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We Need a GHOSTBUSTERS (2016) Comic

Heather Davidson

Staff Writer

Heather Davidson is a web developer-cum-graphic designer-cum writer, with as much of an attention span as that implies. She writes about tech, the niche corners of pop culture and radical activism – preferably all at the same time. Follow her on Twitter: @heatherlauren.

To the despair of some of the worst people on the internet, Sony’s recent Ghostbusters reboot has been a pretty undeniable success, launching to good reviews, strong box office, and countless heartwarming photos of little girls dressed as Ghostbusters. With the movie out for a few weeks now, talk has turned to the potential of a sequel. However, even if the studio decides to take the franchise forward, it’s going to be years until we get to see the Ghostbusters on the big screen again. What are we meant to do till then?

Step forward, comics.

Creators have long since realised that comics are the perfect medium to let fans spend more time with the characters they love. Rather than having to wait for a new movie or TV season to come around, we can get monthly instalments, free from the constraints required in a blockbuster or TV arc. When much of the praise for Ghostbusters 2016 has been reserved for the characterisation of its four leads, the reboot is ripe for a tie-in comic.


Ghostbusters comics have been published by various companies since The Real Ghostbusters began back in 1988 as a tie-in to the cartoon of the same name, with Tokypop even publishing a one-shot black and white manga in its heyday. IDW gained the rights in 2008, and have been publishing a monthly Ghostbusters ongoing on-and-off since 2011, currently titled Ghostbusters International. However, while the possibility of the new Ghostbusters appearing in the classic team’s book was mooted during the company’s main panel at this year’s SDCC, there was no word on an all-ladybusters book.

It seems the reluctance to let the 2016 Ghostbusters loose in the world of comics is on Sony’s end. IDW have already demonstrated they’re open to ladybusters; Volume 2 of their Ghostbusters ongoing series saw the original team abducted, leading to their receptionist, Janine, forming and leading a new 3/4 female team in order to rescue them. The company even re-released their first appearance this June in order to capitalise on the publicity surrounding the new movie. However, the team only lasted for four issues before disbanding, and was consistently referred to as the ‘New Ghostbusters’ – in contrast to the ‘real’ original team, who still featured in the back-up stories and quickly returned.

While we can hope that Sony are just holding off until they’re more sure about where they’ll be taking the franchise going forward – animated adaption, anyone? – failing to take advantage of having the biggest comic-con in the world a week after your movie’s release doesn’t look promising. But why the wariness? IDW’s Ghostbusters has enjoyed solid sales and high regard, and a spin-off would be guaranteed some level of success, even if it wasn’t based on one of the most talked-about movies of the year. And the reason it has been so controversial is only a boon – despite claims to the contrary, diversity sells; sales of Ghostbusters toys have apparently ‘exceeded expectations’, and countless people of all ages and genders are thrilled about seeing a team of female scientists saving the world.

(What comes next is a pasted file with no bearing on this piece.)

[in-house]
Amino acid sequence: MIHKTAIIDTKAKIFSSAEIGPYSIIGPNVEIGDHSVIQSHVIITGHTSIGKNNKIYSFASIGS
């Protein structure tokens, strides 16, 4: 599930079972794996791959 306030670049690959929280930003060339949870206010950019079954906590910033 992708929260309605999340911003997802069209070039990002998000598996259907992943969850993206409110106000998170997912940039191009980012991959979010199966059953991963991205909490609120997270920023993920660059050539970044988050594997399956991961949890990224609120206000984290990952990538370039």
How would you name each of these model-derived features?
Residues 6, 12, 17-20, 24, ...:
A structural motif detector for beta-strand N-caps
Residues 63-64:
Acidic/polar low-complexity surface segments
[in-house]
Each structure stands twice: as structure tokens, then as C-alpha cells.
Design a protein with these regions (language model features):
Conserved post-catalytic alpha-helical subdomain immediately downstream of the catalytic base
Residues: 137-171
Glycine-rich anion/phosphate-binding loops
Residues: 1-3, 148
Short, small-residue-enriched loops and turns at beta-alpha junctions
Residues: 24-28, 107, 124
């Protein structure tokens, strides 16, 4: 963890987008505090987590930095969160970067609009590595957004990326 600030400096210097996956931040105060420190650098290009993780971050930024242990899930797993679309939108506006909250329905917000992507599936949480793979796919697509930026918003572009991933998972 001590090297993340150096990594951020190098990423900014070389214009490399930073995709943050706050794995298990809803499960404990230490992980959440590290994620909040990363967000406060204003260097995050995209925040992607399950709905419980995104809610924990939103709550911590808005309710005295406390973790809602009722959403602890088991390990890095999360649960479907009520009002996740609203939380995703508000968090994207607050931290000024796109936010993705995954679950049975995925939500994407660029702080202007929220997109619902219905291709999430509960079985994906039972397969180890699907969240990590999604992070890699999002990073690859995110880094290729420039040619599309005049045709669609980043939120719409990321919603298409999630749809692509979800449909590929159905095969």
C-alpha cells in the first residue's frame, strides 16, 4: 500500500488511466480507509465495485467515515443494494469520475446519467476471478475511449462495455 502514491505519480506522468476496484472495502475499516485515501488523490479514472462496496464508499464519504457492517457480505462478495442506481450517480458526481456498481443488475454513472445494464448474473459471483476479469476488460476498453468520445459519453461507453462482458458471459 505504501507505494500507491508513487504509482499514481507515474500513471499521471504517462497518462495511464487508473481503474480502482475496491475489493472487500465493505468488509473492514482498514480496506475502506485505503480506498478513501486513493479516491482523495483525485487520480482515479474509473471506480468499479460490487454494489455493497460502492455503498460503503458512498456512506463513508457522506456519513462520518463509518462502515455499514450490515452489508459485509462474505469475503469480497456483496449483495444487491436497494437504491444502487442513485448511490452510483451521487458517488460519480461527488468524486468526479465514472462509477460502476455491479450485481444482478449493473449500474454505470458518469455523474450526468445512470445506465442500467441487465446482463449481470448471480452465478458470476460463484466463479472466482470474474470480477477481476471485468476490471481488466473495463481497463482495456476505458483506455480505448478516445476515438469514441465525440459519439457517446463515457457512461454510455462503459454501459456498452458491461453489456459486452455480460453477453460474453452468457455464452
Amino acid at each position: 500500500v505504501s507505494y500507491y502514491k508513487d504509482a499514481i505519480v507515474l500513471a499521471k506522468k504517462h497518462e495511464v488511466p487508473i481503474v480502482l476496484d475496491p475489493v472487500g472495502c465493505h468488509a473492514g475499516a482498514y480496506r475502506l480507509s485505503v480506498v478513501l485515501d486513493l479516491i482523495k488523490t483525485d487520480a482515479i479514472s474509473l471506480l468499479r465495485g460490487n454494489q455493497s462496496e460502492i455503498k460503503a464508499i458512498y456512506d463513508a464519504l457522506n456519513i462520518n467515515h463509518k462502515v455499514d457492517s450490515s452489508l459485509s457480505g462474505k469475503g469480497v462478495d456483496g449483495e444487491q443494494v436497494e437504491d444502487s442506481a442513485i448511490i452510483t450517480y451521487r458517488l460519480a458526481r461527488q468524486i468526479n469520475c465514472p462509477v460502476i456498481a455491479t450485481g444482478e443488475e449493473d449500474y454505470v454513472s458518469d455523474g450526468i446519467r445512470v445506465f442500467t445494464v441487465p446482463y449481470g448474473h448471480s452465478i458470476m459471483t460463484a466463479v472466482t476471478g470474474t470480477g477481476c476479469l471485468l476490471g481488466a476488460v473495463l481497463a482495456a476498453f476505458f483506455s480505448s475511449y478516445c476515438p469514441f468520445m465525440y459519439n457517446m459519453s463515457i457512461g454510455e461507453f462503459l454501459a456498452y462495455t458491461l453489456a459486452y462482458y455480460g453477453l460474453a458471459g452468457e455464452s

A comics series would even give its creators the opportunity to rectify some of the movie’s flaws. Having Leslie Jones’ Patty explore the scientific side of being a Ghostbuster might help dispel some of the racist undertones to her being the only non-scientist on the team. They could give the seal of approval to the 100% definitely true theory that all the Ghostbusters are gay – or, failing that, just follow director Paul Feig’s lead in confirming Holtzmann’s queerness. While Sony may have nixed any acknowledgement of her sexuality in the movie itself, the studio may be more flexible in the lower-key world of comics; just take a look at the free reign Dark Horse has been given to take Buffy, the Vampire Slayer to places it couldn’t go on TV.

Alright, I’ll admit my dream of an all-queer lady Ghostbusters comic probably isn’t going to come true – but to fail to take advantage of the excitement surrounding the film at all would be ridiculous. We can’t miss out on this chance to have what would likely be one of the biggest books of the year star four awesome women. We need a Ghostbusters  comic!